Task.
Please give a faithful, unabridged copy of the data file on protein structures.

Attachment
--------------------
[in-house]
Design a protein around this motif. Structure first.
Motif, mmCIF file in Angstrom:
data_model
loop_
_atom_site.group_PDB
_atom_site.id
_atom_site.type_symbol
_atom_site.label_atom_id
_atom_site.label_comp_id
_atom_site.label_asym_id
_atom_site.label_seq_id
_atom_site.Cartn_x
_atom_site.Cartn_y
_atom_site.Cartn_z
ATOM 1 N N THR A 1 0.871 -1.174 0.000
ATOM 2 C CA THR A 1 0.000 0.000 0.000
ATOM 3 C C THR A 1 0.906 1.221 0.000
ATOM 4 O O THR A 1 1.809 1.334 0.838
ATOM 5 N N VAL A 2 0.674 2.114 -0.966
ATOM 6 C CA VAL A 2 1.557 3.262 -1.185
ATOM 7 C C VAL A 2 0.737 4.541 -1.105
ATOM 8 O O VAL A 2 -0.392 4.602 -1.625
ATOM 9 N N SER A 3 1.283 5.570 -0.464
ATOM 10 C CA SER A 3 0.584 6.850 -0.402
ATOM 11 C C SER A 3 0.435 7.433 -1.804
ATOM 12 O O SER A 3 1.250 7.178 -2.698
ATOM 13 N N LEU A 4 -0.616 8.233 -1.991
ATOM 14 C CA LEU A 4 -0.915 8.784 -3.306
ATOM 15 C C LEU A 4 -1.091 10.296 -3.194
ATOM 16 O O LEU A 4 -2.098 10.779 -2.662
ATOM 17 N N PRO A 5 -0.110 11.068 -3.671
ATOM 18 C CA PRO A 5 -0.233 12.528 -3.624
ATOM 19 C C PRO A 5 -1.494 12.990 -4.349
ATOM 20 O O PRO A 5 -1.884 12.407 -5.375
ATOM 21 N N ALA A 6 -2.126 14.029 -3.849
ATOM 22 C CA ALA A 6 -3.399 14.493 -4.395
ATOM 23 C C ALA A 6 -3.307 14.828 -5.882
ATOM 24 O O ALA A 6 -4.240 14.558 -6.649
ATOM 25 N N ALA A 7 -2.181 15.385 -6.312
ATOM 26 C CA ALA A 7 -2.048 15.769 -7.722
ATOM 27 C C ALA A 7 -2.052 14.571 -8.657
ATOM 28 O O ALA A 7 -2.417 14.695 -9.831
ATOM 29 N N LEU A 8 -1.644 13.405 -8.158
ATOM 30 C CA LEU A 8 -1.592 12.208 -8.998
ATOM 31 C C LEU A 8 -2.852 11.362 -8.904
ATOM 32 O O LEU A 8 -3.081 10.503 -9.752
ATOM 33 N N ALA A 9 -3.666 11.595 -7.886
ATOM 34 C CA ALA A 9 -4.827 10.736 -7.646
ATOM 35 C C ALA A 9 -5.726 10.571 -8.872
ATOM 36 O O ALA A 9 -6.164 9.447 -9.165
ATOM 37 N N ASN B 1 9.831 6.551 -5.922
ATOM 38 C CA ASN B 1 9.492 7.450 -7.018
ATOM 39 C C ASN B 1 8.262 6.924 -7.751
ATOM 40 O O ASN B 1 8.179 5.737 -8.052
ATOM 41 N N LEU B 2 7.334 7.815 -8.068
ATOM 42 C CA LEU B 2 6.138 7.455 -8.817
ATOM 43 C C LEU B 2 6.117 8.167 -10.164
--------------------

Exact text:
[in-house]
Design a protein around this motif. Structure first.
Motif, mmCIF file in Angstrom:
data_model
loop_
_atom_site.group_PDB
_atom_site.id
_atom_site.type_symbol
_atom_site.label_atom_id
_atom_site.label_comp_id
_atom_site.label_asym_id
_atom_site.label_seq_id
_atom_site.Cartn_x
_atom_site.Cartn_y
_atom_site.Cartn_z
ATOM 1 N N THR A 1 0.871 -1.174 0.000
ATOM 2 C CA THR A 1 0.000 0.000 0.000
ATOM 3 C C THR A 1 0.906 1.221 0.000
ATOM 4 O O THR A 1 1.809 1.334 0.838
ATOM 5 N N VAL A 2 0.674 2.114 -0.966
ATOM 6 C CA VAL A 2 1.557 3.262 -1.185
ATOM 7 C C VAL A 2 0.737 4.541 -1.105
ATOM 8 O O VAL A 2 -0.392 4.602 -1.625
ATOM 9 N N SER A 3 1.283 5.570 -0.464
ATOM 10 C CA SER A 3 0.584 6.850 -0.402
ATOM 11 C C SER A 3 0.435 7.433 -1.804
ATOM 12 O O SER A 3 1.250 7.178 -2.698
ATOM 13 N N LEU A 4 -0.616 8.233 -1.991
ATOM 14 C CA LEU A 4 -0.915 8.784 -3.306
ATOM 15 C C LEU A 4 -1.091 10.296 -3.194
ATOM 16 O O LEU A 4 -2.098 10.779 -2.662
ATOM 17 N N PRO A 5 -0.110 11.068 -3.671
ATOM 18 C CA PRO A 5 -0.233 12.528 -3.624
ATOM 19 C C PRO A 5 -1.494 12.990 -4.349
ATOM 20 O O PRO A 5 -1.884 12.407 -5.375
ATOM 21 N N ALA A 6 -2.126 14.029 -3.849
ATOM 22 C CA ALA A 6 -3.399 14.493 -4.395
ATOM 23 C C ALA A 6 -3.307 14.828 -5.882
ATOM 24 O O ALA A 6 -4.240 14.558 -6.649
ATOM 25 N N ALA A 7 -2.181 15.385 -6.312
ATOM 26 C CA ALA A 7 -2.048 15.769 -7.722
ATOM 27 C C ALA A 7 -2.052 14.571 -8.657
ATOM 28 O O ALA A 7 -2.417 14.695 -9.831
ATOM 29 N N LEU A 8 -1.644 13.405 -8.158
ATOM 30 C CA LEU A 8 -1.592 12.208 -8.998
ATOM 31 C C LEU A 8 -2.852 11.362 -8.904
ATOM 32 O O LEU A 8 -3.081 10.503 -9.752
ATOM 33 N N ALA A 9 -3.666 11.595 -7.886
ATOM 34 C CA ALA A 9 -4.827 10.736 -7.646
ATOM 35 C C ALA A 9 -5.726 10.571 -8.872
ATOM 36 O O ALA A 9 -6.164 9.447 -9.165
ATOM 37 N N ASN B 1 9.831 6.551 -5.922
ATOM 38 C CA ASN B 1 9.492 7.450 -7.018
ATOM 39 C C ASN B 1 8.262 6.924 -7.751
ATOM 40 O O ASN B 1 8.179 5.737 -8.052
ATOM 41 N N LEU B 2 7.334 7.815 -8.068
ATOM 42 C CA LEU B 2 6.138 7.455 -8.817
ATOM 43 C C LEU B 2 6.117 8.167 -10.164